Mills in Altoaragón - harinero, central eléctrica
near Torla and the Ordesa National Park. You'll find the mill
on the left bank of the Río Ara at the northern fringe of the village a few steps away from the village church and the new school.
The mill takes its water from the Río Ara.
(1) Broto with its mill (white arrow) - Dec. 1992
(2) Powerstation (left, lower) with harinero
ll mills in the valley of the Río Ara
have at least one thing in common: there is no pond to store water (See f.e. Fiscal
, or Jánovas
The Río Ara always carries enough water to keep the stones
moving. The frustration of many millers, an unwanted stop and wait for an embalse
filling up, was unlikely to happen.
The mills share more characteristics which are typical for this way of working known as moler de fila
Running with the limited supply of the pond was moler de restañada
n order for the mill to behave
controllably a generous and uninterrupted watersupply was needed. The channel therefore is broad and deep
and ends in a rather big cubo
(see f.e. Lacort
). The depth and the size
of the cubo is meant to build up pressure and to smoothen out short hiccups
in the watersupply.
The slope of the Río Ara being
rather small the canal
of most mills is necessarily rather long to make for
a sufficient water column.
(3) Río Ara with start of channel
(4) Channel soon becomes broad and deep
(5) Trail runs along channel
Broto is no exception. About a quarter of the channel
is visible on pict. 1. Its position is shown by the tree-line running
from the mill to the right.
A trail next to it makes it easy to trace the channel towards
the point where the river is tapped. Recently work was carried out, but
it's not clear with what purpose exactly; maybe the plan to
restore the mill finally will become true.
The first few meters are not very clear: it looks like a tube was installed
to replace the original channel. I couldn't trace the tube but it could well be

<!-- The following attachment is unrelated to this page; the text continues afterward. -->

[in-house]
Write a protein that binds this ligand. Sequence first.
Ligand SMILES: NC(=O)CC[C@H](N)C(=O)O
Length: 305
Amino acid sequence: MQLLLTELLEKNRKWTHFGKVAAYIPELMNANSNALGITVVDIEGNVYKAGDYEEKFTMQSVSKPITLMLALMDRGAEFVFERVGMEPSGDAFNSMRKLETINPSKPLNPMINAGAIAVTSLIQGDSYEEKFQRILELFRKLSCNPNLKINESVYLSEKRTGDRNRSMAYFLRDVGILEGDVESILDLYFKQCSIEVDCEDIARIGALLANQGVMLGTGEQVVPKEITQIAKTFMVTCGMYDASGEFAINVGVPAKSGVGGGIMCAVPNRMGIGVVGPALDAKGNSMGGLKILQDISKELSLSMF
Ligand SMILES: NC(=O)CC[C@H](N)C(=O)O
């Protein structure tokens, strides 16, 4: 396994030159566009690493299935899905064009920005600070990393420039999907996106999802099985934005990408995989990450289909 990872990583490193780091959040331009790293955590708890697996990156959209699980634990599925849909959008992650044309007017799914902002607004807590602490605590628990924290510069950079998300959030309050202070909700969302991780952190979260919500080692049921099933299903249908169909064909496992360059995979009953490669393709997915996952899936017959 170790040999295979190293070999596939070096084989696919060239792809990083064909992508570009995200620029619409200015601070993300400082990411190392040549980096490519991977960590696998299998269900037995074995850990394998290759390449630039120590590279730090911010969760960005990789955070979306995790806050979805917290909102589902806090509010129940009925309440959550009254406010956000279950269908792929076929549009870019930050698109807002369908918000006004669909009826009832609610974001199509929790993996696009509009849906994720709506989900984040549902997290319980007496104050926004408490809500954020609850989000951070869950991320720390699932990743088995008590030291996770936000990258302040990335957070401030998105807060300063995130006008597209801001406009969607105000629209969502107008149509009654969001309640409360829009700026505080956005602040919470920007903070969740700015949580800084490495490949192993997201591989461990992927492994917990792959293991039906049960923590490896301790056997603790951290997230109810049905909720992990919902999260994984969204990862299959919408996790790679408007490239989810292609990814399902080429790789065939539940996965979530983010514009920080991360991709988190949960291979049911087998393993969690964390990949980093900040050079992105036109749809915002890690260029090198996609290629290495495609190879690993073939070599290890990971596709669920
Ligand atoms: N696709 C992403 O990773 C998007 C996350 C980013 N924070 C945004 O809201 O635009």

the one emerging near the mill (11).
(6) Last stretch with earthen and stone wall
(7) Channel last stretch; notice roof of the mill
fter the disturbed stretch
the channel soon becomes broad and deep and is easily traced towards the mill (4-7).
At the mill the channel widens into a complicated construction of grids and valves and
cubos and tubes (8t). The latter are later additions to cater for the power station.
The former (8L,R) feed the grist mill and the old powerstation.
Most prominent are
the huge lockgates (8, L & R) each with a nice control wheel (8c & 9) and
separated by a wall protruding in the channel. The
wooden gates were placed behind a grid (8L & 10) in order to keep unwanted debris out.
Two enormous quadrangular cubos follow. Metallic rungs, cemented into the wall,
are leading down into the cubo. I couldn't reach them because of the trees. Perhaps next time with
A bit earlier in the channel, before
the grid are tube mouths (8t & 10): probably later additions from when a
powerstation was built next to the harinero.
At the left side (10) a valve is
still present. The situation at the other side is less clear. I couldn't find the start of
a second tube inside the channel (8t right), but the wall at that spot is open and at the
outside runs a tube (11) to one of the turbines.